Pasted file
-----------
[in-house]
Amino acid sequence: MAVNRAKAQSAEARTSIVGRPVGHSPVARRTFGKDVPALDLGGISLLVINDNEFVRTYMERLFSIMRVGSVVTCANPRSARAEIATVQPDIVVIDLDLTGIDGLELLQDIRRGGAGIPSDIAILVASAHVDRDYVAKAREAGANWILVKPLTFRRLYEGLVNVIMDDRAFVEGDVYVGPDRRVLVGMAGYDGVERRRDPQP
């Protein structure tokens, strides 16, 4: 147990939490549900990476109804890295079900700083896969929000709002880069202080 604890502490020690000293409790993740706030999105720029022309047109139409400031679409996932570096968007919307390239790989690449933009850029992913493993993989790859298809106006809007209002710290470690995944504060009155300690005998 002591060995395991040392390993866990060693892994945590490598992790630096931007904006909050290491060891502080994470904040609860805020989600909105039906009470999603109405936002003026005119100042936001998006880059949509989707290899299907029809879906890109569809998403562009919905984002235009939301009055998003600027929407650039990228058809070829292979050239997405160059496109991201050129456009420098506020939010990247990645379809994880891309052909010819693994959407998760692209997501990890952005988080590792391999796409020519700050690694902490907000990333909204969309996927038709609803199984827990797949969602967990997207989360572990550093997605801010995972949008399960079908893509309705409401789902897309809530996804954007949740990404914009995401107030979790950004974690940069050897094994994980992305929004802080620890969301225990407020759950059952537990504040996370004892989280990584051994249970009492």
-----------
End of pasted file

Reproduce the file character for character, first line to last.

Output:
[in-house]
Amino acid sequence: MAVNRAKAQSAEARTSIVGRPVGHSPVARRTFGKDVPALDLGGISLLVINDNEFVRTYMERLFSIMRVGSVVTCANPRSARAEIATVQPDIVVIDLDLTGIDGLELLQDIRRGGAGIPSDIAILVASAHVDRDYVAKAREAGANWILVKPLTFRRLYEGLVNVIMDDRAFVEGDVYVGPDRRVLVGMAGYDGVERRRDPQP
């Protein structure tokens, strides 16, 4: 147990939490549900990476109804890295079900700083896969929000709002880069202080 604890502490020690000293409790993740706030999105720029022309047109139409400031679409996932570096968007919307390239790989690449933009850029992913493993993989790859298809106006809007209002710290470690995944504060009155300690005998 002591060995395991040392390993866990060693892994945590490598992790630096931007904006909050290491060891502080994470904040609860805020989600909105039906009470999603109405936002003026005119100042936001998006880059949509989707290899299907029809879906890109569809998403562009919905984002235009939301009055998003600027929407650039990228058809070829292979050239997405160059496109991201050129456009420098506020939010990247990645379809994880891309052909010819693994959407998760692209997501990890952005988080590792391999796409020519700050690694902490907000990333909204969309996927038709609803199984827990797949969602967990997207989360572990550093997605801010995972949008399960079908893509309705409401789902897309809530996804954007949740990404914009995401107030979790950004974690940069050897094994994980992305929004802080620890969301225990407020759950059952537990504040996370004892989280990584051994249970009492």